Today the Securities and Exchange Commission stands at a crossroads. The decisions it makes, and the decisions that are made for it by Congress, will determine whether the agency can reemerge as a credible investor watchdog or whether it will be permanently relegated to industry lap dog status. Decisions that will determine its fate involve the innocuous sounding issue of regulatory cost-benefit analysis.
Fans of cost-benefit analysis argue that it is simply a common sense tool designed to ensure that the benefits of any regulation exceed its costs and that regulators adopt the least burdensome approach to achieve the desired regulatory outcome. But advocates of Wall Street reform suspect that the goal is more nefarious and that the effect would be far more harmful, tilting the regulatory process even further in favor of industry groups that already dominate that process by virtue of their greater resources and close ties to regulatory officials.
After all, concern about cost was a key factor in decisions not to adopt tougher regulations of subprime mortgage lending, credit rating agencies, asset-backed securities, and over-the-counter derivatives markets. Those decisions not to regulate were root causes of an economic crisis that has cost millions of Americans their homes, cost millions more their jobs and left the United States, and much of the world, in an economic slump from which we have yet to recover. No regulatory cost-benefit analysis will ever fully factor in those multi-trillion-dollar costs. As a result, a regulatory system driven by cost-benefit requirements will inevitably be skewed against the public interest and against effective regulation.
The problem is particularly pressing for the SEC. For, while it is not subject to a requirement to conduct a formal cost-benefit analysis to justify its rules, it is required to assess their likely impact on efficiency, competition and capital formation. With its harshly worded decision a year ago overturning the SEC's proxy access rule, the U.S. Court of Appeals for the District of Columbia Circuit effectively transformed that economic analysis requirement into a new mandate to conduct a formal cost-benefit review and to do so on the most business-friendly terms.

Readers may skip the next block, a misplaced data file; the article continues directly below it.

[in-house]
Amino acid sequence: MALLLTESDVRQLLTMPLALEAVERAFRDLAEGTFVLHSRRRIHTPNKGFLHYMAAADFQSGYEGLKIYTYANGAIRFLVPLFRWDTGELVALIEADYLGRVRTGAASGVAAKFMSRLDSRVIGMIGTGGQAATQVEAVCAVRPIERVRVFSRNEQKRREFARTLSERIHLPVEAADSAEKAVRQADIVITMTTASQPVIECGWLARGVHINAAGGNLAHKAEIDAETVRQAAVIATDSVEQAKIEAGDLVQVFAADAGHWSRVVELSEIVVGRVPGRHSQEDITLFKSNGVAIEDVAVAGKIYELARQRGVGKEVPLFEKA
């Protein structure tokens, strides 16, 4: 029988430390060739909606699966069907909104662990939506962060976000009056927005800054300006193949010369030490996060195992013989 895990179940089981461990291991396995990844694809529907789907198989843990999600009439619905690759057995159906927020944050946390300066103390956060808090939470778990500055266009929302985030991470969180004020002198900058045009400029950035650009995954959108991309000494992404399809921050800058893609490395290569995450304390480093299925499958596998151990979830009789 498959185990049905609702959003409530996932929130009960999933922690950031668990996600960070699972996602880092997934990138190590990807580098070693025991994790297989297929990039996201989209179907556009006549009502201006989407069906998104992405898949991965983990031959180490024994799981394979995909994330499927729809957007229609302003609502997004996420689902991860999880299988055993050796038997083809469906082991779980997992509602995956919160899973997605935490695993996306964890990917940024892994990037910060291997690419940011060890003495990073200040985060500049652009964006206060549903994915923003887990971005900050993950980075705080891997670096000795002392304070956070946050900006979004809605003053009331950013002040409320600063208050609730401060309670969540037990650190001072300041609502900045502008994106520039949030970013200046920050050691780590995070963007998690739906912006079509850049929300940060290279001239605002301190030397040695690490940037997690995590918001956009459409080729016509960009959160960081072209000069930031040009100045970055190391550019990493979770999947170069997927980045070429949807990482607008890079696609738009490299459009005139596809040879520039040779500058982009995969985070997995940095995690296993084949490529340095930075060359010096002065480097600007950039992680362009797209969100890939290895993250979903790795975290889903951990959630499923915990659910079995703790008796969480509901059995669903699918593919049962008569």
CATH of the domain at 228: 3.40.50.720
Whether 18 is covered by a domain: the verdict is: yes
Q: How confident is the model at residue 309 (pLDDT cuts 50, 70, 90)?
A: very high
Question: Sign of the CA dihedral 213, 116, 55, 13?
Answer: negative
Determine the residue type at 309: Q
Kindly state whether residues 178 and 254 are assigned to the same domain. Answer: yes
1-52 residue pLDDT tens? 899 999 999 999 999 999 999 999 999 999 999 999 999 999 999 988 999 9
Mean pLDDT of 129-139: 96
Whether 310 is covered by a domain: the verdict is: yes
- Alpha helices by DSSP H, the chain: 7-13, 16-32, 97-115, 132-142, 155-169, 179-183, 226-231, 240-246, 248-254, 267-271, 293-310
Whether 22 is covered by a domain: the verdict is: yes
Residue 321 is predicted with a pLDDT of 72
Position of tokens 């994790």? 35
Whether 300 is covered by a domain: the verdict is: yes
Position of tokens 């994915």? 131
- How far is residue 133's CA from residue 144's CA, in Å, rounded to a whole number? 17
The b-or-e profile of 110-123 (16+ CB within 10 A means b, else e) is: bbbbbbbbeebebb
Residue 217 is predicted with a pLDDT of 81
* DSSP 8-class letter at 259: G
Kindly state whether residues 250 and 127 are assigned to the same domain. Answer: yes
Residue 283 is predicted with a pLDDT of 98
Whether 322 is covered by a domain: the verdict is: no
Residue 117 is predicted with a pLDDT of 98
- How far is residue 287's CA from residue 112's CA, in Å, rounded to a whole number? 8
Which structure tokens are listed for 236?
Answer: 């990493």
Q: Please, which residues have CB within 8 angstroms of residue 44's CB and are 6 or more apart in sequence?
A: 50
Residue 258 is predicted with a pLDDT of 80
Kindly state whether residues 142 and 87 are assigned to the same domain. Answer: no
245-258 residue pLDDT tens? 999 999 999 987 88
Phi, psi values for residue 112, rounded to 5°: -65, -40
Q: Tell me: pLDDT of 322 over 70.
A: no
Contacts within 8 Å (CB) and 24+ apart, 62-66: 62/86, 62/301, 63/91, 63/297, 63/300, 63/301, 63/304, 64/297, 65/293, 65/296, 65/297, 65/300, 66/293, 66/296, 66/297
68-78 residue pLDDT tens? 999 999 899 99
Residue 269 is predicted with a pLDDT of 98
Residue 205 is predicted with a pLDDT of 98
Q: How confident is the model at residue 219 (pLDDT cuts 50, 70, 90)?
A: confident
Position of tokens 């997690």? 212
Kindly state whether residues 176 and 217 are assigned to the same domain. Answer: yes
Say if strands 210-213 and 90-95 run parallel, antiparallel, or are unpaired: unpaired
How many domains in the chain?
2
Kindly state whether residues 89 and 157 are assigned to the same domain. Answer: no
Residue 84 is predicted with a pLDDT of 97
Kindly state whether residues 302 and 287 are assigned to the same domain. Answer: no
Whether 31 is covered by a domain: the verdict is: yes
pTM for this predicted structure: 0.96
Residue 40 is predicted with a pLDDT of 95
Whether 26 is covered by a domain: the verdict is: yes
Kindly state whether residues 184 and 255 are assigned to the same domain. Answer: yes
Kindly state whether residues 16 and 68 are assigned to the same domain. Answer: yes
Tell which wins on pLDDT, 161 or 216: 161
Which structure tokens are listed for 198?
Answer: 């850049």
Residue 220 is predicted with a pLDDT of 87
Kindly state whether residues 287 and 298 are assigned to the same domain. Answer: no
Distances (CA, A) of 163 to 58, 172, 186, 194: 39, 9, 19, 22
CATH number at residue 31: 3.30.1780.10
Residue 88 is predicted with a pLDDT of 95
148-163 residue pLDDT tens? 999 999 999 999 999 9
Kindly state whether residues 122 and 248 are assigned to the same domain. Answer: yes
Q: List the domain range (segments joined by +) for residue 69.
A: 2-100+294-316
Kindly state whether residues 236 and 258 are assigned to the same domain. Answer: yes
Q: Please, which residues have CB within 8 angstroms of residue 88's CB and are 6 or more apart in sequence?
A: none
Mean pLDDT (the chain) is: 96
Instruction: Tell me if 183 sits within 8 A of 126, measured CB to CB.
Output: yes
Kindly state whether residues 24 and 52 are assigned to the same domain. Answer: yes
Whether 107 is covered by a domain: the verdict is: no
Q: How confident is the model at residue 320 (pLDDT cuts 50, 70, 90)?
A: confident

While it did not create the problem, the SEC has compounded the problem. Respected legal scholars have argued persuasively that the court exceeded its regulatory review authority, but the SEC chose not to challenge the court's decision. Instead, in March it issued a new set of guidelines for conducting economic analysis, guidelines that fully embrace the business-friendly approach urged in the court decision. In a comprehensive review of the issue earlier this year, Better Markets concluded that, if the SEC follows this misguided approach to economic analysis, it will effectively kill financial reform.
Last month the agency took a bad situation and made it much, much worse. On a 4-1 vote, with only Commissioner Luis Aguilar dissenting, the Commission issued its first rule proposal under the anti-investor JOBS Act. That legislation, which rolls back hard-won investor protections in the name of job creation, includes a requirement that the SEC lift the ban on general solicitation and advertising in private offerings. While the Commission is given no discretion over whether to lift the ban, it remains responsible for ensuring that investors are adequately protected when it does so. The Commission chose to ignore that responsibility, issuing a rule proposal that doesn't include any enhanced investor protections to offset the increased risks.